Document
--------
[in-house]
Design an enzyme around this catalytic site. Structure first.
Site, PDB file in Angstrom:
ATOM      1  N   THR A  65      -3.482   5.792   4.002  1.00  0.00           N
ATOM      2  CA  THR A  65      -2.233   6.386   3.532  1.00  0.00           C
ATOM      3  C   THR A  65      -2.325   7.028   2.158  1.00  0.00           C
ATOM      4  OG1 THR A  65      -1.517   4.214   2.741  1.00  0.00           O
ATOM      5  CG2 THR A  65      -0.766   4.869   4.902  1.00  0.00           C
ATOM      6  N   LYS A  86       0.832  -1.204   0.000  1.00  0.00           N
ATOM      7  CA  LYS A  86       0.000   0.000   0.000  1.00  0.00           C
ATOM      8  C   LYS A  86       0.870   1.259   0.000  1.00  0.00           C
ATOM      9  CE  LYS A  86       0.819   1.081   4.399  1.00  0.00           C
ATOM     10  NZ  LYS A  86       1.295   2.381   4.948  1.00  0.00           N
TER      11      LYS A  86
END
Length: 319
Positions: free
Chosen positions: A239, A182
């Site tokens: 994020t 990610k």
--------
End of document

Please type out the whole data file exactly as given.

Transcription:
[in-house]
Design an enzyme around this catalytic site. Structure first.
Site, PDB file in Angstrom:
ATOM      1  N   THR A  65      -3.482   5.792   4.002  1.00  0.00           N
ATOM      2  CA  THR A  65      -2.233   6.386   3.532  1.00  0.00           C
ATOM      3  C   THR A  65      -2.325   7.028   2.158  1.00  0.00           C
ATOM      4  OG1 THR A  65      -1.517   4.214   2.741  1.00  0.00           O
ATOM      5  CG2 THR A  65      -0.766   4.869   4.902  1.00  0.00           C
ATOM      6  N   LYS A  86       0.832  -1.204   0.000  1.00  0.00           N
ATOM      7  CA  LYS A  86       0.000   0.000   0.000  1.00  0.00           C
ATOM      8  C   LYS A  86       0.870   1.259   0.000  1.00  0.00           C
ATOM      9  CE  LYS A  86       0.819   1.081   4.399  1.00  0.00           C
ATOM     10  NZ  LYS A  86       1.295   2.381   4.948  1.00  0.00           N
TER      11      LYS A  86
END
Length: 319
Positions: free
Chosen positions: A239, A182
């Site tokens: 994020t 990610k």